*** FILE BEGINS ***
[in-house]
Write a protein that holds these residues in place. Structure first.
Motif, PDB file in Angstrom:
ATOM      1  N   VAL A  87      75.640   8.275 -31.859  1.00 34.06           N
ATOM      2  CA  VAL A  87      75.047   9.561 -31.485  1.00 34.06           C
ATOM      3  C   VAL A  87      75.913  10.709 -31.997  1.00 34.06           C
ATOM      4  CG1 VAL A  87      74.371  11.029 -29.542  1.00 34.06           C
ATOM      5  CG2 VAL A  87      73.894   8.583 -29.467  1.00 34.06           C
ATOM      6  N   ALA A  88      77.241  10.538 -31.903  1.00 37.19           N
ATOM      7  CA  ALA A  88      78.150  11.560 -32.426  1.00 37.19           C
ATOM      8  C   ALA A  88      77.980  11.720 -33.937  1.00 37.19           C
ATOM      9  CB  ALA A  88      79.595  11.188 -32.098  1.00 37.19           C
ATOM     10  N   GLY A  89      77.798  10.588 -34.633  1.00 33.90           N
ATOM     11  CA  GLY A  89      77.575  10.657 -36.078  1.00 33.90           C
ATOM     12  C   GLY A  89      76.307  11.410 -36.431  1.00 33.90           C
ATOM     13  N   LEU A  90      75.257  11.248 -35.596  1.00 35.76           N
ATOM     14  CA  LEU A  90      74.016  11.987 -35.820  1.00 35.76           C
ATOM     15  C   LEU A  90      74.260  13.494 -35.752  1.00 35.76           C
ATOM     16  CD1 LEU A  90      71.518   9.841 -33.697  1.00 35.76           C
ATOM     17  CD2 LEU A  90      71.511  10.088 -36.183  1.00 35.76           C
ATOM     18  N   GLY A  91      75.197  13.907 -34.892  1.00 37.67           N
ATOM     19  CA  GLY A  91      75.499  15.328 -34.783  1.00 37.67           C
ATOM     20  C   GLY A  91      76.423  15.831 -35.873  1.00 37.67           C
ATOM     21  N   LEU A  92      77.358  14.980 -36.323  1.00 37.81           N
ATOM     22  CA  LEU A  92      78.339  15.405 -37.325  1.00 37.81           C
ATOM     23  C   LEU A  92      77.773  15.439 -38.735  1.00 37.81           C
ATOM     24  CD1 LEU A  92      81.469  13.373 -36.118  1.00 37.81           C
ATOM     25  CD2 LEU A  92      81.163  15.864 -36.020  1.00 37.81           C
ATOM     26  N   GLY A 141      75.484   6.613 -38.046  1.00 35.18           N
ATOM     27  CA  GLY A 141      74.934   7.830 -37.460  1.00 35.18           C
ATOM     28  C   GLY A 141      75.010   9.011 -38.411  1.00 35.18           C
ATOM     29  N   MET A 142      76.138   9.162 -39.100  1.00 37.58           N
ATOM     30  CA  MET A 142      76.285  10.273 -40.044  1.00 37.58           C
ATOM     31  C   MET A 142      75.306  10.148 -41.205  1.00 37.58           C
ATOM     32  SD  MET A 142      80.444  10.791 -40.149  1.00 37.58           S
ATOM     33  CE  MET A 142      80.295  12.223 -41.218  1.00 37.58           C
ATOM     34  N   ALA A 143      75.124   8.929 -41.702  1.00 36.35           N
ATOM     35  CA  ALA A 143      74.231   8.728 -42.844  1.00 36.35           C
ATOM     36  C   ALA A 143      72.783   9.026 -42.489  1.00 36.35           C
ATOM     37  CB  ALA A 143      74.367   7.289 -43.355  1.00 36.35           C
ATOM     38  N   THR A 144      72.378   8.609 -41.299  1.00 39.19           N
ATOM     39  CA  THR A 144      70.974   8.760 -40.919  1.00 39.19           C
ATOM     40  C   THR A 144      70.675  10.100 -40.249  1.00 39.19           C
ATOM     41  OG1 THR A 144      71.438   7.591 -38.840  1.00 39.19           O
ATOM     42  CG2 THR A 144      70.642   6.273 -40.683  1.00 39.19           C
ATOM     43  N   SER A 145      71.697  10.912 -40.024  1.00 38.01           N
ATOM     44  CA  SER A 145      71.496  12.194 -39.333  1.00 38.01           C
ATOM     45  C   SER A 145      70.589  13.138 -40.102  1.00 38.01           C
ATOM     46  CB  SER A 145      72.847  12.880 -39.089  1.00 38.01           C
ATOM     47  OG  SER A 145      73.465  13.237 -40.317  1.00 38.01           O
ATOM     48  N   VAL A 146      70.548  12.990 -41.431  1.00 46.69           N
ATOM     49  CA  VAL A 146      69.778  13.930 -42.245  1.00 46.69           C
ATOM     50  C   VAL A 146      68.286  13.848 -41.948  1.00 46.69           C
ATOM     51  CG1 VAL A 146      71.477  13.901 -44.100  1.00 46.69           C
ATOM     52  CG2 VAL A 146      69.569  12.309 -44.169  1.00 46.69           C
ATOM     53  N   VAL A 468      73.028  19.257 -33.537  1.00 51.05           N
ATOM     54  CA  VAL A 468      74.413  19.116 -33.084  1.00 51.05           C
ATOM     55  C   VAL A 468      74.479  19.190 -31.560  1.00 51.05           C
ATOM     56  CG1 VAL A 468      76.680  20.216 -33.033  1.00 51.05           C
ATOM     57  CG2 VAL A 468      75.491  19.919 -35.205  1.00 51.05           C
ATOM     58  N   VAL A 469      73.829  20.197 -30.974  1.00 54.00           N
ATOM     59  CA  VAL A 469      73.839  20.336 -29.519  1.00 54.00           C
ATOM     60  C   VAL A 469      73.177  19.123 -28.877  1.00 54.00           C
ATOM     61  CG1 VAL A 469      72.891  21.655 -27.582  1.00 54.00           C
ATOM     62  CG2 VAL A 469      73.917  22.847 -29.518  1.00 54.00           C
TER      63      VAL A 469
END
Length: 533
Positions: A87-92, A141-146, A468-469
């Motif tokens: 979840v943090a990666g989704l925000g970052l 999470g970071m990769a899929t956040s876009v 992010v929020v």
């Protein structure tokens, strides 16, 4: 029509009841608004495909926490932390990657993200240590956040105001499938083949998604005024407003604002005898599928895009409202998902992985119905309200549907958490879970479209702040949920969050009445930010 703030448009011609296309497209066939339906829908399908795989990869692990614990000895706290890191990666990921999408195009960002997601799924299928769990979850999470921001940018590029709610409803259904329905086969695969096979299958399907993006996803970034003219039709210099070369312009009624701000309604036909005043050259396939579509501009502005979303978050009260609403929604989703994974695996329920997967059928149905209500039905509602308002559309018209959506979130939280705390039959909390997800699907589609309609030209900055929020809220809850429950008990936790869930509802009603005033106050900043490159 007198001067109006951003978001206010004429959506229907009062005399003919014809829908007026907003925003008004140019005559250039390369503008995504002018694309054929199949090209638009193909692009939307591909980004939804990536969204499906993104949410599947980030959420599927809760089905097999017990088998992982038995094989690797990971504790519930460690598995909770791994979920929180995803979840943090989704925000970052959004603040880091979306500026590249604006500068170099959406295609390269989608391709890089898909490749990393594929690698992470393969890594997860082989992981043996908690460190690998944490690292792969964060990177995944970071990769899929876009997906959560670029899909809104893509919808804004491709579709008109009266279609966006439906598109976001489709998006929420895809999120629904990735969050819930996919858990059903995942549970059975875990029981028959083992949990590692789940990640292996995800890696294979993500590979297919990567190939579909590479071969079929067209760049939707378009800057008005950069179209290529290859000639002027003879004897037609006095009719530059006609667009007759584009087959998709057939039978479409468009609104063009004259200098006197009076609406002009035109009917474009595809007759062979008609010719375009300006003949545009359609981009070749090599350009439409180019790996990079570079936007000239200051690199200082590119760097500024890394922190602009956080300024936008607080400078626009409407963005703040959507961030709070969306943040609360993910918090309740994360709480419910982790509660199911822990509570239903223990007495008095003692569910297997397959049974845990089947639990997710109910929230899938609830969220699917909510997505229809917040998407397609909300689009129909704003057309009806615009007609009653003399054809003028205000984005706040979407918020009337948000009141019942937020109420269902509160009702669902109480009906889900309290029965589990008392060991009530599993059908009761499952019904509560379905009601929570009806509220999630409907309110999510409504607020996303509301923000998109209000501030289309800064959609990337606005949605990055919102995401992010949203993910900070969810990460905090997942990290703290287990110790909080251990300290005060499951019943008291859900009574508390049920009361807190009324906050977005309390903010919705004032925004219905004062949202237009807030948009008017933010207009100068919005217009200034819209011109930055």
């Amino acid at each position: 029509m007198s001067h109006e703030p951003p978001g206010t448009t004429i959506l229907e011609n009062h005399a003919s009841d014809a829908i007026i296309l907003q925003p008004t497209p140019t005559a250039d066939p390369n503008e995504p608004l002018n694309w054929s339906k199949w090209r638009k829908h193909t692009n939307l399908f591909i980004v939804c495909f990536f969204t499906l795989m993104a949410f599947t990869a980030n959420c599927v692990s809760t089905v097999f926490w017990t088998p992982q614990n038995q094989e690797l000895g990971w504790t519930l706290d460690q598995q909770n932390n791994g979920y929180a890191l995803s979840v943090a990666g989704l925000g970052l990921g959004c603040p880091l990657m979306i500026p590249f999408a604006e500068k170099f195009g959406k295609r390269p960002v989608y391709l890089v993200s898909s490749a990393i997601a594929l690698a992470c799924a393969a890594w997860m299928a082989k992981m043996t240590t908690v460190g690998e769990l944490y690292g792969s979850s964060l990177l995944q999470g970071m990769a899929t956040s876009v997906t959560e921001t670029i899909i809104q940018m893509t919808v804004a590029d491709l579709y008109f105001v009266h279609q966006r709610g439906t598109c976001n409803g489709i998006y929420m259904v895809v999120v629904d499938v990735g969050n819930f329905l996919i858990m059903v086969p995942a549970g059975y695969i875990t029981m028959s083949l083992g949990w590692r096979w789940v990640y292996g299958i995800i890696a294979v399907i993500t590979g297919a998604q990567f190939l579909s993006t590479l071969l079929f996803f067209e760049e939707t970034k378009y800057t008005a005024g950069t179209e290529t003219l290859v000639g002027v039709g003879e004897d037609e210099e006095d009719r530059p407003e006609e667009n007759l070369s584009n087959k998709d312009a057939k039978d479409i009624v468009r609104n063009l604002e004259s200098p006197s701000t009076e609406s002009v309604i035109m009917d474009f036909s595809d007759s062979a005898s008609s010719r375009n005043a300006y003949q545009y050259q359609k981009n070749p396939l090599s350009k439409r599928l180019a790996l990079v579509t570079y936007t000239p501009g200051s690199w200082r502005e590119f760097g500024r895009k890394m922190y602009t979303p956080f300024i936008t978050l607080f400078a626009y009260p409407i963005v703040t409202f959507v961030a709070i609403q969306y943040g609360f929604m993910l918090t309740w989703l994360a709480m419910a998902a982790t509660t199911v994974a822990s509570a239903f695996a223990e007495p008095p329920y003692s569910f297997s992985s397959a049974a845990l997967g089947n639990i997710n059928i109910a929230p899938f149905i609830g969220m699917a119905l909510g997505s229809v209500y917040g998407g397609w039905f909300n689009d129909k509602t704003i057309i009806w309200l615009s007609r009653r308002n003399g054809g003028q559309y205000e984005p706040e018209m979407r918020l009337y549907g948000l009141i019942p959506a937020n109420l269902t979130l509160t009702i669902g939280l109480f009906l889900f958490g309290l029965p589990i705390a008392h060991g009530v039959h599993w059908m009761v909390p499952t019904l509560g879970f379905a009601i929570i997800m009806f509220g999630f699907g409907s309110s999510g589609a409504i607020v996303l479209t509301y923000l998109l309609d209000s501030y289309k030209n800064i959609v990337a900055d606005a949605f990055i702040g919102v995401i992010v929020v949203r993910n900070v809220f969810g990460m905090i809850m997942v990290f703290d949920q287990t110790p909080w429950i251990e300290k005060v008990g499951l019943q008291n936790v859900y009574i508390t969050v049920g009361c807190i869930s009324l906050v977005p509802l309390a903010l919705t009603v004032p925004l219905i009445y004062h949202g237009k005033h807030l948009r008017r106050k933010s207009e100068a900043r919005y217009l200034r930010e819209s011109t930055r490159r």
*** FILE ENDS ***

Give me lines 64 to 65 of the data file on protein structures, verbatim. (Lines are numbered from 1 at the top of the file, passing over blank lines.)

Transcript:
ATOM     61  CG1 VAL A 469      72.891  21.655 -27.582  1.00 54.00           C
ATOM     62  CG2 VAL A 469      73.917  22.847 -29.518  1.00 54.00           C